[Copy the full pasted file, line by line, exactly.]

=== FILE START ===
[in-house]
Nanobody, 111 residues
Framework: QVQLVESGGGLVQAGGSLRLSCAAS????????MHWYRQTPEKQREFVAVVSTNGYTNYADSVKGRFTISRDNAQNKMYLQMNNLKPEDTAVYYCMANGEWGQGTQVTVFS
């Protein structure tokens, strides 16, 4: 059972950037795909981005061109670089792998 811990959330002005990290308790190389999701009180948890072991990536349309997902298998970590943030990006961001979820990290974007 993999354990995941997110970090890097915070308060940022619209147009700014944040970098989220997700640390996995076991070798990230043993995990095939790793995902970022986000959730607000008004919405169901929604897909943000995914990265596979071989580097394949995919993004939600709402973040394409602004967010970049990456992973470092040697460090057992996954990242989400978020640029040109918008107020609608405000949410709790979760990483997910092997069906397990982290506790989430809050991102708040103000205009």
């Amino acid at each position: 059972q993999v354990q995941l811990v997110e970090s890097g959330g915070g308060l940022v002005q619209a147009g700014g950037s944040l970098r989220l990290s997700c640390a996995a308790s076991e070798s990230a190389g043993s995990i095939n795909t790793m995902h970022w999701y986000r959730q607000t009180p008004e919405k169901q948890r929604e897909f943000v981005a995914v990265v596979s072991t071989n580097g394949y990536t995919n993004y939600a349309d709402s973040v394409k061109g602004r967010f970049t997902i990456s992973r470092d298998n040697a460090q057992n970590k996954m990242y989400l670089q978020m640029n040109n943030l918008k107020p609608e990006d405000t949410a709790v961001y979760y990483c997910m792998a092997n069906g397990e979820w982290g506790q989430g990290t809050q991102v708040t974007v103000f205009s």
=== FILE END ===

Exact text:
[in-house]
Nanobody, 111 residues
Framework: QVQLVESGGGLVQAGGSLRLSCAAS????????MHWYRQTPEKQREFVAVVSTNGYTNYADSVKGRFTISRDNAQNKMYLQMNNLKPEDTAVYYCMANGEWGQGTQVTVFS
């Protein structure tokens, strides 16, 4: 059972950037795909981005061109670089792998 811990959330002005990290308790190389999701009180948890072991990536349309997902298998970590943030990006961001979820990290974007 993999354990995941997110970090890097915070308060940022619209147009700014944040970098989220997700640390996995076991070798990230043993995990095939790793995902970022986000959730607000008004919405169901929604897909943000995914990265596979071989580097394949995919993004939600709402973040394409602004967010970049990456992973470092040697460090057992996954990242989400978020640029040109918008107020609608405000949410709790979760990483997910092997069906397990982290506790989430809050991102708040103000205009």
């Amino acid at each position: 059972q993999v354990q995941l811990v997110e970090s890097g959330g915070g308060l940022v002005q619209a147009g700014g950037s944040l970098r989220l990290s997700c640390a996995a308790s076991e070798s990230a190389g043993s995990i095939n795909t790793m995902h970022w999701y986000r959730q607000t009180p008004e919405k169901q948890r929604e897909f943000v981005a995914v990265v596979s072991t071989n580097g394949y990536t995919n993004y939600a349309d709402s973040v394409k061109g602004r967010f970049t997902i990456s992973r470092d298998n040697a460090q057992n970590k996954m990242y989400l670089q978020m640029n040109n943030l918008k107020p609608e990006d405000t949410a709790v961001y979760y990483c997910m792998a092997n069906g397990e979820w982290g506790q989430g990290t809050q991102v708040t974007v103000f205009s």